Do I find myself beautiful? No – not because I find myself ugly, but because it is not something I think about too much. It’s probably a matter of upbringing. My parents never taught me to think of people as beautiful, not beautiful, thin, fat, porcelain skin, acne. I don’t remember them ever commenting that another person was beautiful or pretty in my presence as a child – but I did hear them talk about how kind someone was, or how talented, or how nice. Ergo, I grew up being unable to tell if a friend had an outbreak of pimples overnight or if he/she had put on some weight over the June holidays. It simply didn’t register in me. People just looked like people. It wasn’t very hard.
As I grew older, I started becoming more and more aware of how people looked specifically. I had a very Mean Girls moment in Secondary School, when I heard a classmate complaining about how low her nose bridge was. You know that scene where Cady’s in Regina’s home and she sees the Plastics bashing themselves up in the mirror and she thinks: I used to think there was just fat and skinny. But apparently there’s lots of things that can be wrong with your body? Yup.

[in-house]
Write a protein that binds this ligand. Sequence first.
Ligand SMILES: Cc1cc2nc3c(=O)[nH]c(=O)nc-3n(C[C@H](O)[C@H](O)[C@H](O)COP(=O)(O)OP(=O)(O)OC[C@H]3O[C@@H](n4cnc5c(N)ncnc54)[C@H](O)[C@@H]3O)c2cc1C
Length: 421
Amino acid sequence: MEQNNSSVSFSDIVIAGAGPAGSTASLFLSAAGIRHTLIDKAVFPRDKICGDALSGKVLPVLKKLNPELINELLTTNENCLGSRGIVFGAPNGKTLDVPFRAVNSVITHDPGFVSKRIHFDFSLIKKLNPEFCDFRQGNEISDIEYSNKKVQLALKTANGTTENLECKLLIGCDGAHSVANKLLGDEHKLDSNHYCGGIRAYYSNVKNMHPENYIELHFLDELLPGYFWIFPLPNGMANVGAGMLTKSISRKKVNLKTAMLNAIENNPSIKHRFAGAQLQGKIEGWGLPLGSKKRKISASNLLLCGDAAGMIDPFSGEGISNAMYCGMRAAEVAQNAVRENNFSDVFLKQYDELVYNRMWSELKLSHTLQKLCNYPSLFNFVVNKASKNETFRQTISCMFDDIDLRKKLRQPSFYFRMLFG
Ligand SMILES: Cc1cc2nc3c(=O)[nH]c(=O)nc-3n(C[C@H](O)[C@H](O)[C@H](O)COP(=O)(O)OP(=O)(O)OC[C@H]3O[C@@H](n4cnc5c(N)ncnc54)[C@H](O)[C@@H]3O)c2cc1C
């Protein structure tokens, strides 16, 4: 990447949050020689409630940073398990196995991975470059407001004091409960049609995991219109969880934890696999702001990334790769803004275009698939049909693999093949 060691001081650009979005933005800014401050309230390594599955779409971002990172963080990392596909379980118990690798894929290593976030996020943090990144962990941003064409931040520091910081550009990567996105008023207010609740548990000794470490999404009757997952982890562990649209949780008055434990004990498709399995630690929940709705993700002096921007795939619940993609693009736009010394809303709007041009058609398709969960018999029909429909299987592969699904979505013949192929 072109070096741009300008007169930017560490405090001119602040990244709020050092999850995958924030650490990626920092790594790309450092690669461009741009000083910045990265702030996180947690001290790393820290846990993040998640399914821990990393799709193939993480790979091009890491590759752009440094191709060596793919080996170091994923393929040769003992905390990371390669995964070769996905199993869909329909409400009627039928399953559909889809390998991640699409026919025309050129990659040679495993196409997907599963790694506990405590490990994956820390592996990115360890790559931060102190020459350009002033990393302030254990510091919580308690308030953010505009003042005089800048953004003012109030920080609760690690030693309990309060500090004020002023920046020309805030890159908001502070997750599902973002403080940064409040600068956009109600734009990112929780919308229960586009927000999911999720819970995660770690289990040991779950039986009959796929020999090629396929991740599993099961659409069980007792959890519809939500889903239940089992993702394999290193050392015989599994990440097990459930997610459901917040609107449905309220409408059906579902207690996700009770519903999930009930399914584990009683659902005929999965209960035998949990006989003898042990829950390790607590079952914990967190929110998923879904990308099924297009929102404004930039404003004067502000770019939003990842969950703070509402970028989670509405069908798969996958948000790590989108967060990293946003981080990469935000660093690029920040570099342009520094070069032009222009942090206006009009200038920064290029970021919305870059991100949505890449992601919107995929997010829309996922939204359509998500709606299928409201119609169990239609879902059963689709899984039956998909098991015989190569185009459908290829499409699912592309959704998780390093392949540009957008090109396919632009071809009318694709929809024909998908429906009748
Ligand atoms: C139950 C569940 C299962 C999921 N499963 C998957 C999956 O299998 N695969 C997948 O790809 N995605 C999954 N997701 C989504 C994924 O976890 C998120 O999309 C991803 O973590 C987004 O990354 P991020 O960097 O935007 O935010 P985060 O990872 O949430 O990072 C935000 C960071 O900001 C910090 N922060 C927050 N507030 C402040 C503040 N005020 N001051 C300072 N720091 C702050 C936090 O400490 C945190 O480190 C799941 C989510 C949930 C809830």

Today, if you ask me, I’d tell you that there are a lot of things I’m dissatisfied with about my body that I would not have even registered back when I was a kid. My eyes are not symmetrical – one is bigger than the other, and I have one double eyelid and one single eyelid. Same goes for my eyebrows; one is higher than the other, and it was pretty obvious till I recently had them properly embroidered at Erabelle. My mouth is too big for my face. I’ve had this weird rash on my arm since I was a kid that doesn’t itch or hurt, but that just won’t go away. And don’t get me started on my chin! My jawline is ridiculous. That’s why I always wear my hair down – my face is just too round for buns or ponytails. And I never, never take straight on, non angled, face first shots without my face being completely framed by hair flowing about to give me some sort of shape. Even when I go for photoshoots, the photographer / make up artist is always pushing hair around on my face, trying to hide bits of my face, make it look smaller, more angular, whatever. I don’t blame them. It’s their job to make me look good.
Today, when I post a picture, I edit it on the computer for lighting and color, then on my phone I tweak it with my million little photo apps so it gets rid of the shine on my nose, it sharpens my jaw, it smoothens my skin. Nowadays photo applications are insane – I can even add on eyeliner or blusher if I want to. The point is, before I post up a photo, I want to fix myself. Not because I hate myself. Just because I can. But not in this series of photos. Why?